ERIC Number: ED466753
Record Type: Non-Journal
Publication Date: 2000-Feb-10
Reference Count: N/A
Nothing but Net: American Workers and the Information Economy. Work Trends: Americans' Attitudes about Work, Employers and Government.
Rutgers, The State Univ., New Brunswick, NJ. John J. Heldrich Center for Workforce Development.; Connecticut Univ., Storrs. Center for Survey Research and Analysis.
A study explored the implications of the information economy of the late 1990s for American workers, focusing on workers' experience with computers in the workplace, workers' perceptions about their future in the information economy, and the role of government in the information age. Research data were gathered through a survey of 1,005 adults conducted January 5-19, 2000. Survey results include the following: (1) computer use is now routine among American workers and a large part of their daily work life, with 68 percent of workers using a computer every day and having access to a computer at home; (2) on average, workers spend 3 hours of their workday on the computer and almost 2 hours on the Internet; (3) most workers using a computer (87 percent) report using it for work-related activities only; (4) those having Internet access at work report that 82 percent of the time they spend on the Internet at work is for work-related functions; (5) workers have a strong desire to use computers for additional applications, especially for telecommuting at least part of the week; and (6) the majority of workers are also interested in distance learning, although only about 26 percent have participated in it. The study also found that about two-thirds of workers are concerned about job security, a decrease from preceding years, and that workers want a proactive government to provide leadership and offer fiscal incentives to stimulate the use of information technology. The study concluded that continued economic expansion for the country and individual prosperity depend on workers' ability to use computers, the Internet, and other technology applications effectively. The survey form is included in the study report. (KC)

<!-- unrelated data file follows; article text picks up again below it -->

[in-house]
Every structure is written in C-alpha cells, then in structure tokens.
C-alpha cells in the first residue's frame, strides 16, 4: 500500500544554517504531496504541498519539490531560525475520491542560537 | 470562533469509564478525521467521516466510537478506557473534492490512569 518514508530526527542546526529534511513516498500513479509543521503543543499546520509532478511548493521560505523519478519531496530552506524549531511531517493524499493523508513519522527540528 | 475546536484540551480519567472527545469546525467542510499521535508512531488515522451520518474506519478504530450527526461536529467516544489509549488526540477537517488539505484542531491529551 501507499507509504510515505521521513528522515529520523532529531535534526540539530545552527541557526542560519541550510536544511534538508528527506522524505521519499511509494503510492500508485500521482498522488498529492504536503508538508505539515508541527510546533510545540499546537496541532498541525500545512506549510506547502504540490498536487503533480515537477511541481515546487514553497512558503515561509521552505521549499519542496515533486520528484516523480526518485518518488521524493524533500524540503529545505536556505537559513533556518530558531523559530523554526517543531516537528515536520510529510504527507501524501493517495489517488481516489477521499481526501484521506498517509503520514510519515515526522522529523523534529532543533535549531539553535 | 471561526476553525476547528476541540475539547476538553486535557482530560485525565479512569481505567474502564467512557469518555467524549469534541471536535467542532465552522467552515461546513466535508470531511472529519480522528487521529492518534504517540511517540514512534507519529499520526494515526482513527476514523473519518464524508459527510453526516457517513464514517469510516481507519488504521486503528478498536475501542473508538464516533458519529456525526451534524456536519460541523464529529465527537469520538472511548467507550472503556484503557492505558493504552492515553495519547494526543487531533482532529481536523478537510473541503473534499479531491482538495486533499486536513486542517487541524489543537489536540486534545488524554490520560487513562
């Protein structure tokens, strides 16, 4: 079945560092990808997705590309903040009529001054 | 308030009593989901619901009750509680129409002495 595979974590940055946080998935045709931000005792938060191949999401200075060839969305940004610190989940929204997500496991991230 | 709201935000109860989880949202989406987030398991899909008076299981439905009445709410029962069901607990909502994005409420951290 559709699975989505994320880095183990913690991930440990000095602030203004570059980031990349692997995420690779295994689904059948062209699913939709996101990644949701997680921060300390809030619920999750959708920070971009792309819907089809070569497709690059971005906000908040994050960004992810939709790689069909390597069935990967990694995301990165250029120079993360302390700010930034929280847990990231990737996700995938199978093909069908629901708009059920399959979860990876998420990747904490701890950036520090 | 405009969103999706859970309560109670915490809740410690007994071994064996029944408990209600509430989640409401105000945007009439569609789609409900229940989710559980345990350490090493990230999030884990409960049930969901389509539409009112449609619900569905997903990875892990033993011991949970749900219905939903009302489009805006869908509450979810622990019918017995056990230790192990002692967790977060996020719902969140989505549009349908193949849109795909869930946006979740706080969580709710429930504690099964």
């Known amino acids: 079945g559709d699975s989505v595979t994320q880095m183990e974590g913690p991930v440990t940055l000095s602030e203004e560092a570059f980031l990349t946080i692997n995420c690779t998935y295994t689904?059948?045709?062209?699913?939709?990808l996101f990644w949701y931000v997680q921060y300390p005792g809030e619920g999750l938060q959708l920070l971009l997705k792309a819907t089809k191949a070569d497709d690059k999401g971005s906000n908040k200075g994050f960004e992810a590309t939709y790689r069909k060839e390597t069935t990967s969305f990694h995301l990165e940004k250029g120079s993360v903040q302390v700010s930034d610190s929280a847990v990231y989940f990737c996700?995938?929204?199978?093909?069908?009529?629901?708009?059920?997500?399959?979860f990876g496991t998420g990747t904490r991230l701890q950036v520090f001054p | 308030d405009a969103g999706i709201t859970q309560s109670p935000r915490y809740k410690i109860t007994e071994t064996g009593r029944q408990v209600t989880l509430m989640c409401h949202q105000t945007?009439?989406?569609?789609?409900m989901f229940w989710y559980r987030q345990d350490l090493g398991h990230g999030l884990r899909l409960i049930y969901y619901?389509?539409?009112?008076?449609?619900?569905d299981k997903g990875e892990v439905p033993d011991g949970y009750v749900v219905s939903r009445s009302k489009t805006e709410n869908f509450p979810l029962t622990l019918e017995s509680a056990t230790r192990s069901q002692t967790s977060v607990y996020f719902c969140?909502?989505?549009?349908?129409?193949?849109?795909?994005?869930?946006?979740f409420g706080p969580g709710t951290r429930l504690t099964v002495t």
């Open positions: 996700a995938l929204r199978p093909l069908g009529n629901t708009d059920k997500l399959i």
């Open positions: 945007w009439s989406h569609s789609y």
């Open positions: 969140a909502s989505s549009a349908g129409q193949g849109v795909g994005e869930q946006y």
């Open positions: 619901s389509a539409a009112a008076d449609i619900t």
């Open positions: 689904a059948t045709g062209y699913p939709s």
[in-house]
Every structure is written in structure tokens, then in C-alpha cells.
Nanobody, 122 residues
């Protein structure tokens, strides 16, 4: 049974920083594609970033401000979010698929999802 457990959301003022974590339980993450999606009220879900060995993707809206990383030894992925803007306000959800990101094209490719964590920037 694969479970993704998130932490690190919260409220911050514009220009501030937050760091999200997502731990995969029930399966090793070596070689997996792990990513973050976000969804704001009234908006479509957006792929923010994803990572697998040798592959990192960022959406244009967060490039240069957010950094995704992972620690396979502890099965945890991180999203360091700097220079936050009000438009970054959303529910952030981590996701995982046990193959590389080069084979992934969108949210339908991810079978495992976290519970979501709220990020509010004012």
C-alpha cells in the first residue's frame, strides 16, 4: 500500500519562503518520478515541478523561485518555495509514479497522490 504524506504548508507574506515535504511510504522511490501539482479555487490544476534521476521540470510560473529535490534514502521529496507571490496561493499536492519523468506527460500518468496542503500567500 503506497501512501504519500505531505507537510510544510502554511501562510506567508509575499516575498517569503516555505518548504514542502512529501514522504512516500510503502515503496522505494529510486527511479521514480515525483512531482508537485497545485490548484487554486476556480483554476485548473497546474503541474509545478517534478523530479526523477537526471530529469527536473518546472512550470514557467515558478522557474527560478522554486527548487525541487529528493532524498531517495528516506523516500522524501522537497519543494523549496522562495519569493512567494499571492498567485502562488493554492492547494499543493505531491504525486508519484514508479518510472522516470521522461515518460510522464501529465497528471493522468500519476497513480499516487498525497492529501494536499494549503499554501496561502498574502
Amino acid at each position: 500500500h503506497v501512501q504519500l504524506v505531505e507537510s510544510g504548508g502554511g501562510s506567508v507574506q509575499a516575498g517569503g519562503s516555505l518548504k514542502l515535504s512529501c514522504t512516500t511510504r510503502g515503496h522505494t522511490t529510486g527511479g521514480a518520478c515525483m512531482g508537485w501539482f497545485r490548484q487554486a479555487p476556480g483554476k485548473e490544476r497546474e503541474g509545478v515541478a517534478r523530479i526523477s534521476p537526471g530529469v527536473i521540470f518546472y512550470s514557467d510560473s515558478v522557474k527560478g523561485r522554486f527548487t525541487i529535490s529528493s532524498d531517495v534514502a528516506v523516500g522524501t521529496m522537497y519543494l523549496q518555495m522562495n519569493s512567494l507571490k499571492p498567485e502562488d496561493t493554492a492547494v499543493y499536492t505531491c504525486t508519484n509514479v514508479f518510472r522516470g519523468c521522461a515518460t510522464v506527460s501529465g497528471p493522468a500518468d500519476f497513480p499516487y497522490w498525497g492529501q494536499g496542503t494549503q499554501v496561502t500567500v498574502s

Descriptors: Adults, Computer Attitudes, Computer Oriented Programs, Educational Needs, Employee Attitudes, Employment Patterns, Futures (of Society), Government Role, Information Technology, Internet, Job Satisfaction, Microcomputers, Quality of Working Life, Teleworking, Work Attitudes
For full text: http://ows.doleta.gov/nrc/pdf/dixon.pdf.
Publication Type: Numerical/Quantitative Data; Reports - Research; Tests/Questionnaires
Education Level: N/A
Authoring Institution: Rutgers, The State Univ., New Brunswick, NJ. John J. Heldrich Center for Workforce Development.; Connecticut Univ., Storrs. Center for Survey Research and Analysis.